When Hero and Bleh arrived in America about four years ago, they thought their troubles would be over. After escaping violence and refugee camps in Thailand, the familysettled in Portland. And while nowhere near as difficult as their lives were in Burma and Thailand, finding an affordable home that could accommodate a multi-generational household has kept them from feeling truly secure.
“When we were in Burma, our challenges were about our safetyand living situation,” said Hero. “My village was burned by Burmese soldiers. Many times we had to run for our lives, living in the jungle, under the trees or in a temporary hut with no food to eat.”
While thankfully much safer in Portland, the family still faces adversity with their housing situation. They share a two bedroom apartment in East Portland with Hero’s mother Lae. “My mother-in-law is disabled and it’s difficult for her to go up stairs,” said Bleh. Along with Hero’s mother, the couple has their two-year-old son Yeeh, as well as a newborn baby. Hero’s assembly job simplycan’t afford the family the space they need; the five of them share a small apartment with inadequate ventilation, faulty appliances and fixtures, and disruptive neighbors.
Hero and Bleh will purchase and help build their own home at Glisan Gardens.Their new home will be completed in 2016, and will be accessible to accommodate Lae’s disability, with plenty of room for Yeeh and the newborn to thrive as they grow.
“When I think of our future home, I picture my family happy, full of smiles. I’ll get to decorate my house, plant flowers, have a playroom for my children, and much more!” says Bleh. “The new home will provide more opportunities for my children to learn. We feel so blessed this home will belong to us.”
Yondella is happy to call the Cully neighborhood in northeast Portland home. She loves that her community has lots of kids growing up in it, and that her neighbors are caring and look out for one another. But when the house Yondella purchased four years ago started having major structural issues, she was worried it would threaten her ability to stay in the neighborhood she loves.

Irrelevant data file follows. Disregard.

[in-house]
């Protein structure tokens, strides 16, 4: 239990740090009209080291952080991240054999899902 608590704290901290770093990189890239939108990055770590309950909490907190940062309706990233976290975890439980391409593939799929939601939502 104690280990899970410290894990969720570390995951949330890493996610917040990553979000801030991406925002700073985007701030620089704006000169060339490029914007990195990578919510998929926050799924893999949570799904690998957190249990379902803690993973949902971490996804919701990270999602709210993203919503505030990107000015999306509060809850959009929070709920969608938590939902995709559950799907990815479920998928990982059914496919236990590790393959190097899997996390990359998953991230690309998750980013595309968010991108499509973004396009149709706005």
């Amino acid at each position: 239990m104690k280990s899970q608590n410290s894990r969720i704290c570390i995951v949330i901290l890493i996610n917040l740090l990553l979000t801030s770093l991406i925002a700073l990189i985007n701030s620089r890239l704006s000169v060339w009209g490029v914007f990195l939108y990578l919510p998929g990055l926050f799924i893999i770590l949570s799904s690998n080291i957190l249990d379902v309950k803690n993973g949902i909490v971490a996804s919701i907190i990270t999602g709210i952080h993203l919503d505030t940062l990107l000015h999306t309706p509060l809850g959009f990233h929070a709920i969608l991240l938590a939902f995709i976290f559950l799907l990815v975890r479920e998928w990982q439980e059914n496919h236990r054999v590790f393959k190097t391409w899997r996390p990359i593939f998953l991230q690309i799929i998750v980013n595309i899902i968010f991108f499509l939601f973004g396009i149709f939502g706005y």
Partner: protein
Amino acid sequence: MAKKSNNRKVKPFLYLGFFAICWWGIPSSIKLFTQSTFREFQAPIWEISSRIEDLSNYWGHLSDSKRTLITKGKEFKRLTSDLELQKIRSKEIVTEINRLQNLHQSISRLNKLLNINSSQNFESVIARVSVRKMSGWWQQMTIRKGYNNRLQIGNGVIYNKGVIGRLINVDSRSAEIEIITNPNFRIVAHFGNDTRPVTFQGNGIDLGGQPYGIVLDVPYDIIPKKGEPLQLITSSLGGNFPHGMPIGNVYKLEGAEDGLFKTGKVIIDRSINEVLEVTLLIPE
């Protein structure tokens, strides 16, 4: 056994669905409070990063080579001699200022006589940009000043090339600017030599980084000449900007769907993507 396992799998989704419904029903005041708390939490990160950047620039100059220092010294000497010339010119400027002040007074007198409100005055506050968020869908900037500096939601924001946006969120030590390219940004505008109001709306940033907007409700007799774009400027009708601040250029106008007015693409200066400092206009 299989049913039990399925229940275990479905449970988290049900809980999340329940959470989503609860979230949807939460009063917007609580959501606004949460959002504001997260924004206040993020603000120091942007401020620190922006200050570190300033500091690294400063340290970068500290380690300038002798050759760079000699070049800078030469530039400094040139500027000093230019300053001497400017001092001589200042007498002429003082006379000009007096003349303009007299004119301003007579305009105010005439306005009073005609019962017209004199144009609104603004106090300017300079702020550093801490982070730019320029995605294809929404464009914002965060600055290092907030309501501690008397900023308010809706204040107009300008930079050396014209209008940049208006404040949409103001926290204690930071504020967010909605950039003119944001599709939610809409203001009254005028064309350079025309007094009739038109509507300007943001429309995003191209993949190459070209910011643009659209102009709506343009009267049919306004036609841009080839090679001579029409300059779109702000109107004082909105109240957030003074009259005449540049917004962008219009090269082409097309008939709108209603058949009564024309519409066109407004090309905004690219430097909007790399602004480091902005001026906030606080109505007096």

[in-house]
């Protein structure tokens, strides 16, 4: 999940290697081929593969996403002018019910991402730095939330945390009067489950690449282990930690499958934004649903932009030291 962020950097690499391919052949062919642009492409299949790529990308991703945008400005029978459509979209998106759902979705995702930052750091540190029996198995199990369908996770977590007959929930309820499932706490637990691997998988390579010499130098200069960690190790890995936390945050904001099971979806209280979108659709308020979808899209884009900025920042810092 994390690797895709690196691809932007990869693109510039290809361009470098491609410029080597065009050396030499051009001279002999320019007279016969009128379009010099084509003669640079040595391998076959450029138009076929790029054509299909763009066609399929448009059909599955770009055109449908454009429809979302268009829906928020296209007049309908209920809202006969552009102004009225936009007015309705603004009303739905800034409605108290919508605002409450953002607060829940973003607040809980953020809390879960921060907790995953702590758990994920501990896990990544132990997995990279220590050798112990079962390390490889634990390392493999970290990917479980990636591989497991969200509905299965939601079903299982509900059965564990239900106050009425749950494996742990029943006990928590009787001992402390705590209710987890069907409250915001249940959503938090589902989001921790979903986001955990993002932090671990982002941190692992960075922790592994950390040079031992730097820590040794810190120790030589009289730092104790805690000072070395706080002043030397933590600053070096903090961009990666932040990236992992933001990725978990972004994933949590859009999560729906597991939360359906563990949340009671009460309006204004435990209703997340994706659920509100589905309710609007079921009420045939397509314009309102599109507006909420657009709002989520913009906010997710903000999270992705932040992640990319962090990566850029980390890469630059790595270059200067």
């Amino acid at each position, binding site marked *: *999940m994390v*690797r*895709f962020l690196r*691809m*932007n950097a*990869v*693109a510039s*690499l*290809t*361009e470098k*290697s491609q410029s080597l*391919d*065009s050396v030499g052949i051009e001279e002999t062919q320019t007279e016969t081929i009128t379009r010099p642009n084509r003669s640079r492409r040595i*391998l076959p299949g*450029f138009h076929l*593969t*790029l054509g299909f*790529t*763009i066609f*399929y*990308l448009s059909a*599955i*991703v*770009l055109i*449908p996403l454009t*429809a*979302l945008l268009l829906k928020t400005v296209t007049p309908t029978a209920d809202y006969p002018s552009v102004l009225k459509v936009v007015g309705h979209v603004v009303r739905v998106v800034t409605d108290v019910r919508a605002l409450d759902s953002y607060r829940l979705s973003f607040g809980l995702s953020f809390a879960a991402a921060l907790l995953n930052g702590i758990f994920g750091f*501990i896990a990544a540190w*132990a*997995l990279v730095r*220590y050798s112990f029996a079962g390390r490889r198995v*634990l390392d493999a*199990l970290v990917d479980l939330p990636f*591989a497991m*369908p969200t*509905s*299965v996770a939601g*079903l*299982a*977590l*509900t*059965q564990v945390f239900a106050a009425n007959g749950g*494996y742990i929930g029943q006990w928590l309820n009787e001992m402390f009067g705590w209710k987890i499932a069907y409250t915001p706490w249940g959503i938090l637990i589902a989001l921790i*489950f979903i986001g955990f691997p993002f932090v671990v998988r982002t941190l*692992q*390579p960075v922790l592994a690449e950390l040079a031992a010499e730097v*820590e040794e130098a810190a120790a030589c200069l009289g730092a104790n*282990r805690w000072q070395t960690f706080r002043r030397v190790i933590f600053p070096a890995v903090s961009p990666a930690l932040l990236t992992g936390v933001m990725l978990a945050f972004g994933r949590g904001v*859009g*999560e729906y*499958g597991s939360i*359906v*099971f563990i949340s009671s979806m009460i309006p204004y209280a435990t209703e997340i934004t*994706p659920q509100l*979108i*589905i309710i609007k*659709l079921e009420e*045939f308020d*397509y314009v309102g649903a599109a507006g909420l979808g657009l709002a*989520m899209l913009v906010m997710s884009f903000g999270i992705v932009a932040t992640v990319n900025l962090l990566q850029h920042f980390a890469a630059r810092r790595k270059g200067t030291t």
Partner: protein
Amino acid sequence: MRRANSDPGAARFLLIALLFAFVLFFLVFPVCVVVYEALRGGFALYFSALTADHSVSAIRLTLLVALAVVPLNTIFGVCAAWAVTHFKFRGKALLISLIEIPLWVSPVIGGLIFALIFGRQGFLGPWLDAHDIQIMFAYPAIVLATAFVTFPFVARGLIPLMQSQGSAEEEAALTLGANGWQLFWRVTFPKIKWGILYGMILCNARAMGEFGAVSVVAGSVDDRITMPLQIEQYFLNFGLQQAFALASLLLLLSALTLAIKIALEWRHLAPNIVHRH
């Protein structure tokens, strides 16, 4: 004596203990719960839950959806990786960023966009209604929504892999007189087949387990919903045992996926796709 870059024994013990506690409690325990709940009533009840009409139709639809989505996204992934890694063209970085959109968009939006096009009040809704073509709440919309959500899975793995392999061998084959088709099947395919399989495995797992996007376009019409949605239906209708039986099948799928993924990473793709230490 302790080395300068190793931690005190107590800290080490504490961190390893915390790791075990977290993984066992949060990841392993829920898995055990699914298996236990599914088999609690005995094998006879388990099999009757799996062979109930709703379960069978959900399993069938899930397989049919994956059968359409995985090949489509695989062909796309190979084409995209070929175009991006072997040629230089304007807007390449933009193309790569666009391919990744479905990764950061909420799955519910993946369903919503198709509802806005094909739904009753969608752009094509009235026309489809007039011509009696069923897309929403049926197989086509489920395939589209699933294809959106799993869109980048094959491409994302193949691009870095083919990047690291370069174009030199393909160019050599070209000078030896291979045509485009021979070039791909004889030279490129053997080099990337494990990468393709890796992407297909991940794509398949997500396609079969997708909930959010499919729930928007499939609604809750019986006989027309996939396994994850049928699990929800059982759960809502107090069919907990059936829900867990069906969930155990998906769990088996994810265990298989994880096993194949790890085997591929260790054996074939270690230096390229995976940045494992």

“At first I could see bubbling in the living room ceiling and wall,” said Yondella. “And then water started leaking through. I came home every day worried that my roof might collapse.”
Yondella heard about Habitat for Humanity Portland/Metro East through her work as a Family Advocate at LifeWorks Northwest. When she shared her housing woes with a client they suggested she check out Habitat’s Home Repair and Preservation Program. She soon learned that the leak in her living room was much more complicated than she initially thought.
“I live in an older home, but I had no idea what this leak really entailed until Habitat came out,” said Yondella. “It wasn’t just the roof; it was the gutters and structural problems with the back porch. It was all these things I had no idea about. Habitat educated me not only on the repairs, but on the health issues too. I didn’t know how leaking and standing water could affect my health.”
Through Habitat’s 0%-interest loan, Yondella was able to afford these hefty repairs, which included a new roof, gutter system, and grading of her yard to mitigate the flooding of her porch and foundation when it rained. Habitat also linked Yondella up with Verde, an organization focused on building environmental wealth in communities. Verde installed a rain garden in her backyard, which will direct runoff from her roof and yard to sustain a beautiful and functional native plant garden.
“I used to get nervous when the rain came because I knew it would mean leaking and flooding. Now, I get excited because I get to watch my rain garden grow.”
Yondella is looking forward to many more years living in her home and in the Cully neighborhood.
“I love feeling connected to my community. Habitat not only helped me repair my home, but it made me feel like a bigger part of the community.”
Every year for the past five years, my family has had to pack up all of our belongings and move to a new apartment. We are chasing safe, affordable places to live and when rents increase, we have to move. This means that my children have had to change schools a few times, which is very hard on them.
I am a Headstart teacher in northeast Portland, so I know how important stability is to a child’s development. Our current apartment has mold problems and it is too small for my family, so being accepted into Habitat’s Homeownership Program brought so much relief. I think it was one of the happiest days I ever felt.
I picture my family and myself living the life that I have been working hard to create. My children will have peace knowing they have their own space and it allows them to focus on their education as they get older.
There are so many other deserving families, and you can help them realize their dreams too.